|Publication number||US8009551 B2|
|Application number||US 11/021,051|
|Publication date||Aug 30, 2011|
|Filing date||Dec 22, 2004|
|Priority date||Dec 22, 2004|
|Also published as||CN101103605A, CN101103605B, EP1832077A1, EP1832077B1, EP2259532A1, EP2259532B1, US20060133381, WO2006069316A1|
|Publication number||021051, 11021051, US 8009551 B2, US 8009551B2, US-B2-8009551, US8009551 B2, US8009551B2|
|Inventors||Michael Mao Wang|
|Original Assignee||Qualcomm Incorporated|
|Export Citation||BiBTeX, EndNote, RefMan|
|Patent Citations (32), Non-Patent Citations (8), Referenced by (6), Classifications (7), Legal Events (2)|
|External Links: USPTO, USPTO Assignment, Espacenet|
The subject invention relates generally to data communications, and more particularly to systems and methods for selecting an initial pilot frequency for a wireless communication system.
Communicating has always been of paramount importance to humankind. Long before the advent of modern technologies, sound waves were utilized to convey information with the human voice. However, this type of communication was severely limited by the power of the human lungs. To overcome this problem, sound wave producing devices were used in place of the human voice, such as drums, to increase communication distances. However, when distances between parties were too great for the sound waves to be interpreted by the human ear, communication was lost. Thus, great strides were made to overcome this limitation through advances in technology. In one solution, sound waves were converted to electricity which was, in turn, transmitted through wires to a final destination where the electricity was then converted back into sound waves. The telephone is one such example of this technology.
Despite the fact that this solution greatly increased communication distances, it also introduced an additional associated problem, namely the requirement of wiring to transport the electrical signals between communication points. The wiring is often costly and requires great quantities to cover immense distances and to handle increased user numbers. Technology attempted to resolve some of the issues through the development of fiber optic cable which can carry light impulses instead of electrical currents. This drastically reduces the number of wires required to transport the same amount of communications. However, fiber optics come with an increased price and substantially increased costs for repairs and skill levels to maintain a fiber optic network.
Although one first thinks of ‘communicating’ being a human type of interaction, the dawning of the computer age also brought with it the necessity to link computers together. Thus, communication networks are not only required to carry the human voice, but also information that consists of digitized data (data converted to ones and zeros). In fact, some technologies even digitize the human voice to more efficiently transport it over great distances. This demand has greatly increased the workload of typical communication networks and driven a substantial increase in the number of wires or cables.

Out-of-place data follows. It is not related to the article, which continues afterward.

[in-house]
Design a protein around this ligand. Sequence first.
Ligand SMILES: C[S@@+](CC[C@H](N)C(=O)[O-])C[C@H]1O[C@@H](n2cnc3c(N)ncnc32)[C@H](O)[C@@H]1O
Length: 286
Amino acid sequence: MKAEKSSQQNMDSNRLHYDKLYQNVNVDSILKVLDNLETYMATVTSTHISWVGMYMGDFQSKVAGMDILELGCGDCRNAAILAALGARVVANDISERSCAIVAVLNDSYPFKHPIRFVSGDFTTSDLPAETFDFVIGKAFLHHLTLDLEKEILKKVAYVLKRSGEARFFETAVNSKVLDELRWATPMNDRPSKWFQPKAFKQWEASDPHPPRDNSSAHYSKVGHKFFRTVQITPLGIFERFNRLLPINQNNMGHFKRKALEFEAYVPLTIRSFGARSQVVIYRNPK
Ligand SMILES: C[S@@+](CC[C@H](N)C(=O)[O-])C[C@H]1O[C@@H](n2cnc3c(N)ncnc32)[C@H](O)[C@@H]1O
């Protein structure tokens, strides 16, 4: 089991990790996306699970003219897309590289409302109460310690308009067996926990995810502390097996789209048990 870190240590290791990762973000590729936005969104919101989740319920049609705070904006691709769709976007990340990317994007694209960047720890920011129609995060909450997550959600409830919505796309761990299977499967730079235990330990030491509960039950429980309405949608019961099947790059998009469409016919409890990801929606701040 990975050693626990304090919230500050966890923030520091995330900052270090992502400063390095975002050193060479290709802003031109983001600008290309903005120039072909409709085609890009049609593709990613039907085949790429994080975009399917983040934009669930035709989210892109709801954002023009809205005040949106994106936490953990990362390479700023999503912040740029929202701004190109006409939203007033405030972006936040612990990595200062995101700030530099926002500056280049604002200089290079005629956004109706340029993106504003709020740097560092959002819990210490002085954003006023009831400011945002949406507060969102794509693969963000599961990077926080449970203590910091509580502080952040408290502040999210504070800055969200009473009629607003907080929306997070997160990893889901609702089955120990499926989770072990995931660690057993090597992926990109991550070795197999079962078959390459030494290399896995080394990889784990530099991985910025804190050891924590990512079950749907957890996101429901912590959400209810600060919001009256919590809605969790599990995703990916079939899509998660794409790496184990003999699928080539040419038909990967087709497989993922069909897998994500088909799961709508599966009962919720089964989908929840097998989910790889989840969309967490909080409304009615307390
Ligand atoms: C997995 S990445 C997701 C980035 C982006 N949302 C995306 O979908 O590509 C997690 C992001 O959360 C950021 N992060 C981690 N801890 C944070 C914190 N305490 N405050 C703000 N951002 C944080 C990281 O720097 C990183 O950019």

One seemingly obvious way to overcome the problem of vast, wired communication networks is to do away with the wires and utilize a “wireless” communication system. Although the solution seems easy enough, developing wireless communications is typically a complex issue. Early wireless communication techniques, such as the radio, enabled remote areas to receive broadcasts from distant places. This “one-way” type of communicating is a great means to disseminate information such as announcements and news. However, it is frequently desirable to have two-way communications or even greater than two-way communications. In other words, it is desirable to have a ‘conversation’ between two or more parties, whether they are human beings or electronic devices. This greatly increases the complexity of the wireless signals required to effectively communicate.
With the introduction of wireless technology for the telephone, the sheer numbers of parties desiring to communicate wirelessly have increased substantially. The wireless telephones developed into multifunctional devices that not only functioned to relay voice communications, but data as well. Some devices have also incorporated interfaces to the Internet to allow users to browse the World Wide Web and even download/upload files. Thus, the devices have been transformed from a simple voice device to a “multimedia” device that enables users to receive/transmit not only sound, but also images/video as well. All of these additional types of media have tremendously increased the demand for communication networks that support these media services. The freedom to be ‘connected’ wherever a person or device happens to be located is extremely attractive and will continue to drive future increases in network demand.